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#ABArare – Crested Caracara – New Jersey

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Hot on the heels of a state first Elegant Tern comes word of a potential state first Crested Caracara in West Windsor Township, Mercer, New Jersey. The bird was found this morning (9/8) by Vincent Nichnadowicz.


CRCA NJ
photo by Nick Delo, used with permission

The location is approximately 10 miles east of Trenton, NJ.  From I-295, take NJ-33 (Mercerville-Edinburg Rd/Old Trenton Rd) east to  Edinburg Dutch Neck Rd and turn left.  The turn right on Village Rd to the Congregation Beth Chaim synagogue.

The bird is at the Grover Farm across from the Congregation Beth Chaim. It was in the alfalfa field and is currently in the big dead tree on
the farm.

The address of the synagogue is 329 Village Road E, West Windsor Twp, NJ.

CRCA location

 

According to Boyle’s Birds of New Jersey, the Garden State actually has two prior reports of this species, an almost certainly escaped bird from Middlesex County in 1976, and an unaccepted record from Sandy Hook in 2007 that “may have been of wild provenance”.

Obviously provenance is a concern when dealing with any extralimital raptor, but in the last decade Crested Caracara has established a fairly strong pattern of vagrancy around the western United States, with records from South Dakota, Idaho, Montana, Nevada, Colorado, and several in California.  In the eastern half of the continent, Massachusetts has hosted the species twice- as recently as 2007 – and Ontario has three records, most recently from James Bay in 2002. Even more, a report from Quebec just a couple weeks ago is more compelling in light of this Jersey record.

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Nate Swick

Nate Swick

Nate Swick is the editor of the American Birding Association Blog. A long-time member of the bird blogosphere, Nate has been writing about birds and birding at The Drinking Bird since 2007, but can also be found writing regularly at 10,000 Birds. In the non-digital world, he's an environmental educator and interpretive naturalist. Nate lives in Greensboro, North Carolina, with his wife, Danielle, and two young children, who are not yet aware that they are being groomed to be birders.
Nate Swick

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  • Alan Wormington

    There are actually three records of Caracara for Ontario:

    1–July 18, 1892: Victoria Island, Thunder Bay District (Lake Superior)
    2–July 6, 1994: Pelee Island, Essex County — NOT Point Pelee!
    3–July 16-26, 2002: Fort Albany, Cochrane District (James Bay)

    The fact that all three were in July probably means something. As for #1, this is a remote island in Lake Superior and the bird was found dead after a storm. As for #3, this is a crazy record so far north that even Turkey Vulture has not been recorded in the area!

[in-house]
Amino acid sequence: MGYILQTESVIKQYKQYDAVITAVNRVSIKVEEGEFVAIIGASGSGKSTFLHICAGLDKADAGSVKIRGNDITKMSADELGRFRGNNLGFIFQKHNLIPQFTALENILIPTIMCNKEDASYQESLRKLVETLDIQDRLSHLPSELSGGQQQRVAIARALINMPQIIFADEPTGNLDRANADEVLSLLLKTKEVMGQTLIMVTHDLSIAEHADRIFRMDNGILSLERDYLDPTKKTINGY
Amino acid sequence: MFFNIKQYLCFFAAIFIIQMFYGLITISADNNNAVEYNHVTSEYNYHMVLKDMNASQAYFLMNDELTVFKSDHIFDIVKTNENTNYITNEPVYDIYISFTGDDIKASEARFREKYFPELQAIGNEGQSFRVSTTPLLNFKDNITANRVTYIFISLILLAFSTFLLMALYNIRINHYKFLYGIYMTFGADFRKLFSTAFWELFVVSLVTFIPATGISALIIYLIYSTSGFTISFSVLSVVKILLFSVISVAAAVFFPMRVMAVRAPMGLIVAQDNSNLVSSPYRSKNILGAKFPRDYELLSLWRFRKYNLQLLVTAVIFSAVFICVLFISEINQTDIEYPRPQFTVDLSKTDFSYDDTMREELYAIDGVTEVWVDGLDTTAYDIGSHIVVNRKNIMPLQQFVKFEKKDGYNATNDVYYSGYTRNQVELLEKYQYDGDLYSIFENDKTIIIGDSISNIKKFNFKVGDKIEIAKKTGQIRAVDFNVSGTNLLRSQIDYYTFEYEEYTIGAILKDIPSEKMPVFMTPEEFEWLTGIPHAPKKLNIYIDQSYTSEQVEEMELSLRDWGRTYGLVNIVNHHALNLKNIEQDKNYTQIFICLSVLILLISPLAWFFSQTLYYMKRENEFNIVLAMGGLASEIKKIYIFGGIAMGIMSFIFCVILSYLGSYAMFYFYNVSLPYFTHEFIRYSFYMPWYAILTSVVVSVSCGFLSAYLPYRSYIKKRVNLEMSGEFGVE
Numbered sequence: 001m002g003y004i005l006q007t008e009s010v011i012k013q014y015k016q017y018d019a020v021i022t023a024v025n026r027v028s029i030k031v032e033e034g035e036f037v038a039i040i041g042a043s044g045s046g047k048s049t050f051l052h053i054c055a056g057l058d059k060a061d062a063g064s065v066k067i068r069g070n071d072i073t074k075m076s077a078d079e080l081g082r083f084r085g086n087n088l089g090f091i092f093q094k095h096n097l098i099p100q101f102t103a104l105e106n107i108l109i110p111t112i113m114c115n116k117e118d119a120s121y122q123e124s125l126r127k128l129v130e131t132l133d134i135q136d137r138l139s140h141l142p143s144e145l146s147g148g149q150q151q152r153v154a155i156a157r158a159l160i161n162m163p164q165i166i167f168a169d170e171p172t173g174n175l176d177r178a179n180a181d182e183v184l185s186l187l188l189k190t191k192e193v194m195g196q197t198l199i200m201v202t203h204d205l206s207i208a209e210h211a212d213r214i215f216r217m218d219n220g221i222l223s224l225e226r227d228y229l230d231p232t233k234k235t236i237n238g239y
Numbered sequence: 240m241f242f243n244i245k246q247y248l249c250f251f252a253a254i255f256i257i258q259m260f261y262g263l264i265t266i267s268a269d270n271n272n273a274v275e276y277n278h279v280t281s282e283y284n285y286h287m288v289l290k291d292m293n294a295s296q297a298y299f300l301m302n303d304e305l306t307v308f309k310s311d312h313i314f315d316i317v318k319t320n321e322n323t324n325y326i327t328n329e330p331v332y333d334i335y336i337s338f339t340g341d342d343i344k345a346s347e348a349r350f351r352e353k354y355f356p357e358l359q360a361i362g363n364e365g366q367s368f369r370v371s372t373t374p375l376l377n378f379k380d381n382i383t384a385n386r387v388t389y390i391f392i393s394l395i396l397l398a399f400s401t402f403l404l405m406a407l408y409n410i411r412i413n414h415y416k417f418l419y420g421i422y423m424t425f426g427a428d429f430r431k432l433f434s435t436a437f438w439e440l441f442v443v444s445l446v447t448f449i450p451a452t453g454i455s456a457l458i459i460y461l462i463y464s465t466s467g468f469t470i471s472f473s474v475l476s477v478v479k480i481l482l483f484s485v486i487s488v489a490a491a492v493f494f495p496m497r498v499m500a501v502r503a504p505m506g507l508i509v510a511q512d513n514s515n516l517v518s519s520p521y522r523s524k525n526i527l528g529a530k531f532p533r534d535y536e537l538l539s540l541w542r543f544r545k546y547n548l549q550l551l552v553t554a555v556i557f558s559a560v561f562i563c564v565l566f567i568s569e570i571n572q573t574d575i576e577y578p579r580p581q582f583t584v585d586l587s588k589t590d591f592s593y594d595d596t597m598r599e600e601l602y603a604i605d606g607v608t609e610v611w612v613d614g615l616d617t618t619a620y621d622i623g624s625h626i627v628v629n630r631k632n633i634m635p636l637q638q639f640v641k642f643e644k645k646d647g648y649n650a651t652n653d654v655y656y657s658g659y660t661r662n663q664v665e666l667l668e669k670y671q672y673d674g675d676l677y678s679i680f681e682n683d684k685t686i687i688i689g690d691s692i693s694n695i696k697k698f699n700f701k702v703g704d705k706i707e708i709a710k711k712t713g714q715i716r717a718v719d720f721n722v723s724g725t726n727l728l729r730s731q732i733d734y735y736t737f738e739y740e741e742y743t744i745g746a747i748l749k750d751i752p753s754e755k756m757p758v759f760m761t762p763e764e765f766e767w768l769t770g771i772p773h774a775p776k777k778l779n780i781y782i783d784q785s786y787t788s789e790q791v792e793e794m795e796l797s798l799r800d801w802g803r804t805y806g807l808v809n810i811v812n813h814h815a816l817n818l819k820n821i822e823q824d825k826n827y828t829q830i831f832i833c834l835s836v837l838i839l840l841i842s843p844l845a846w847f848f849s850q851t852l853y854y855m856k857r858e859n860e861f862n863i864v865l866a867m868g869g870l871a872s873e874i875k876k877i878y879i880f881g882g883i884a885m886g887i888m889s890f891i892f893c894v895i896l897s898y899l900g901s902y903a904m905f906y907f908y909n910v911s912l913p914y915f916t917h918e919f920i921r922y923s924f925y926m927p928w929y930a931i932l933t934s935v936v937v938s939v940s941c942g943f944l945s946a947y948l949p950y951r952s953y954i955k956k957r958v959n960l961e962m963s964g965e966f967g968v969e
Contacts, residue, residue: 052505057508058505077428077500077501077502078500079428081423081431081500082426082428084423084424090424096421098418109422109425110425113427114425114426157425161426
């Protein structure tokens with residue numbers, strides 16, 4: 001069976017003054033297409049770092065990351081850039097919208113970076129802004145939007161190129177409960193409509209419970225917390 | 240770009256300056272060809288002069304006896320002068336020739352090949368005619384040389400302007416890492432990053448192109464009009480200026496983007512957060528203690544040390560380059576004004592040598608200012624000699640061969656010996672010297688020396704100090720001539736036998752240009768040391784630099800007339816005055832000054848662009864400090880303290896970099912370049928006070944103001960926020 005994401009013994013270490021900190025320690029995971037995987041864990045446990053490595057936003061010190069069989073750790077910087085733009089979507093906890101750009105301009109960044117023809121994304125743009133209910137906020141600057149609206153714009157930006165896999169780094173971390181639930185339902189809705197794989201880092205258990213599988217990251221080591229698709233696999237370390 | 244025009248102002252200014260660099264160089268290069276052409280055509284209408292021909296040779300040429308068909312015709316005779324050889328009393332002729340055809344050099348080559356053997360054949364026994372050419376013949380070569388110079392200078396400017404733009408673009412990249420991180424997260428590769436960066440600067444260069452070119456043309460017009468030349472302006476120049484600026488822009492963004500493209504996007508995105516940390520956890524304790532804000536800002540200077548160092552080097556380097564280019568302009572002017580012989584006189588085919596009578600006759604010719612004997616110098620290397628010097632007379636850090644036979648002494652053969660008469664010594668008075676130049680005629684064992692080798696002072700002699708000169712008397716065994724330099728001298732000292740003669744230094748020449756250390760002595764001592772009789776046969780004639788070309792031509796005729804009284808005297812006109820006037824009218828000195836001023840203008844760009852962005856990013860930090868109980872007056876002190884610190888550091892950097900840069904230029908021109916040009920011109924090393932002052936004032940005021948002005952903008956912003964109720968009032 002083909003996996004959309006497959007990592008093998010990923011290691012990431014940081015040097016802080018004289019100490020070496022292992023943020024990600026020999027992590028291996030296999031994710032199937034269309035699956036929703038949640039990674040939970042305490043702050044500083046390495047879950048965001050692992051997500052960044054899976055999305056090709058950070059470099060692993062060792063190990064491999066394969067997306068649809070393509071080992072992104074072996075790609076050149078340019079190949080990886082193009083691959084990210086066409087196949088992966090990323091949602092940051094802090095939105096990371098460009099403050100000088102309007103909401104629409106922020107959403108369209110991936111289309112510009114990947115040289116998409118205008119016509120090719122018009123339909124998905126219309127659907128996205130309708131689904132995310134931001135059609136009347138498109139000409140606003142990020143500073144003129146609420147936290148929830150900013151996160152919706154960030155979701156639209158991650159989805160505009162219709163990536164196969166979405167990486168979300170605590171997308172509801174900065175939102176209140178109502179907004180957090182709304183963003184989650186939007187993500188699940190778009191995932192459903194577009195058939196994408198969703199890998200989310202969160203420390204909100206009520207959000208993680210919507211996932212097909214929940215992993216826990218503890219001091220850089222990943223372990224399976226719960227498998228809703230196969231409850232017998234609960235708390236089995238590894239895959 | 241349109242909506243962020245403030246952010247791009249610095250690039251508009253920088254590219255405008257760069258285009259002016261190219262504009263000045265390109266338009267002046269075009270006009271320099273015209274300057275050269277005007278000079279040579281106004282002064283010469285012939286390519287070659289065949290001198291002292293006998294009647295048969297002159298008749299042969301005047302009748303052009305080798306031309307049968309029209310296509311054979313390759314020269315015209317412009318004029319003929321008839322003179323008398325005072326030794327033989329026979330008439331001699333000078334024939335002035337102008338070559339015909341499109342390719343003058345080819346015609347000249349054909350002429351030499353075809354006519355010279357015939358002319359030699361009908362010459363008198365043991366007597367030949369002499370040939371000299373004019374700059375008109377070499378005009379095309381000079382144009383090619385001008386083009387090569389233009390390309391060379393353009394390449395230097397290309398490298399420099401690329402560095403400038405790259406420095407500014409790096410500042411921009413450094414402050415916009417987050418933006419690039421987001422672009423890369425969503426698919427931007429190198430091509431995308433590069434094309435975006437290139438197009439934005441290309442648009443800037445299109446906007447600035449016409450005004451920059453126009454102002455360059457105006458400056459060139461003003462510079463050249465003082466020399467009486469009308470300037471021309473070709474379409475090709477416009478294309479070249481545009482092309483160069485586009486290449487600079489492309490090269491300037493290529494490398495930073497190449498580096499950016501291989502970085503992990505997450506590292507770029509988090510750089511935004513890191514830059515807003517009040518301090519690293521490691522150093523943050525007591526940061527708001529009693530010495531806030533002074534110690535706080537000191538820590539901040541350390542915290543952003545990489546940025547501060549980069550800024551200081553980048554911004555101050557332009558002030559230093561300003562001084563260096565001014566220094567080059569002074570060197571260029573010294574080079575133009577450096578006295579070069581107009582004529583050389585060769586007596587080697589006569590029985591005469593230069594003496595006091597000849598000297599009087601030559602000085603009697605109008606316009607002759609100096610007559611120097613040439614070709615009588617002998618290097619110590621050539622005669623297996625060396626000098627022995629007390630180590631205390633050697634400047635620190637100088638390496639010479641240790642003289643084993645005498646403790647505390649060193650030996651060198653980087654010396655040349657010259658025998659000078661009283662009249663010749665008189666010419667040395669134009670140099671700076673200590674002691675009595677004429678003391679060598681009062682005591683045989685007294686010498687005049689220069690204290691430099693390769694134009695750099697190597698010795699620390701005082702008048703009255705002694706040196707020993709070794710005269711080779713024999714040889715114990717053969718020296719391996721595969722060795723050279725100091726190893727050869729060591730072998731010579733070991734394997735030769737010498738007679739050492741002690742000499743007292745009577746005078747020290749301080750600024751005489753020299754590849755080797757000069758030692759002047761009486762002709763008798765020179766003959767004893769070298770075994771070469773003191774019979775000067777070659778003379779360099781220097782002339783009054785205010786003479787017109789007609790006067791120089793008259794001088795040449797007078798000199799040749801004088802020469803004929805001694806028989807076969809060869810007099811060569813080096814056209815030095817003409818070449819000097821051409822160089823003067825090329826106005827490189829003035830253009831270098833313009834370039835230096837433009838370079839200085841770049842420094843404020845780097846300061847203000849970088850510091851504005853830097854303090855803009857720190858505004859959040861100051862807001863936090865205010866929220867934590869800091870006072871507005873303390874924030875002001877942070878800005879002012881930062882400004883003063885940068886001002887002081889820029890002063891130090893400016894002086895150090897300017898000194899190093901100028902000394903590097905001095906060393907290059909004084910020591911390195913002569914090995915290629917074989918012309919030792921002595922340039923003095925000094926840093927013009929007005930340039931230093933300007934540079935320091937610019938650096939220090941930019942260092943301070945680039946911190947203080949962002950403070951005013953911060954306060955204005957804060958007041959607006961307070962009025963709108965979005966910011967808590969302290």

I think it is time to stop suggesting that northern Caracara records pertain to possible escapees. If they are escapees, then dozens have systematically been escaping over the years yet, really, I think they are darn rare in captivity. But more importantly, the species is so common now in Texas that extra-limital records are to be expected.

  • Alan Wormington

    Forgot to mention. The Quebec and New Jersey sightings could obviously pertain to the same bird. Distance is not that unreasonable.

  • Alan Wormington

    All three records have been accepted by the Ontario Bird Records Committee as pertaining to wild birds.

  • http://profile.typepad.com/naswick Nate Swick

    Thanks for the clarification, Alan. I’ll adjust the post to fix it.

    I missed the most recent ON Caracara on the bird records website.

  • Bernie Sloan

    Michael Retter posted the following to the Illinois birding list in June 2011, after a Crested Caracara sighting in Indiana:

    “The following states/provinces have now accepted records or very recent records that are being voted upon:

    AL (2)
    CO (2)
    GA (1)
    ID (1)
    IA (1)
    IN (1)
    MA (2)
    MN (1)
    MS (2)
    MT (1)
    NV (1)
    NB (1)
    ON (3)
    OR (5)
    SD (1)
    WA (2)

    Not listed here are more than a dozen old rejected records from places like KS, NJ, PA, and MI. I suspect many of them will be reexamined.”

    Bernie Sloan

  • Alan Wormington

    There is also at least one record for British Columbia, but I do not know the status of that sighting. Definitely a Crested Caracara, just not sure the final outcome.

  • Sarah

    Is this guy still hanging around this area? Any idea how long he might stay? I’m wondering if the bird may have been on its way to some place else…

  • Jim

    Yes, the bird was seen this morning the 10th

  • Ted

    Just saw the bird at 1:30pm. Lots of good looks. Very cooperative.

  • Terri Underhill

    Oklahoma is not on your list and we have had confirmed sighting in Bryan County and in Perry Ok in 07 & Feb of this year.
    okiebirdnerd

  • http://profile.typepad.com/d107015269134604043 Sir

    The farm where these two birds (the Caracara and an American Kestrel) has actually been scheduled for demolition by the township. The farm apparently is of great historical value to the town, so the township has authorized a committee to think of ways save the farm. They have also written about the birds on their site at http://groverfarmrestoration.webs.com/. The Caracara has, according to the site, been seen twice before in New Jersey. “One was thought to have escaped from the zoo, and the other was seen only briefly in flight”.

  • http://www.surbound.com/blog David Moran

    There seem to be a surplus of Caracaras here in South Florida. Research suggest that habitat in South Florida is saturated. The floaters on non-territorial caracara flocks have been steadily increasing. More dispersers like this are like to show up in unusual places.

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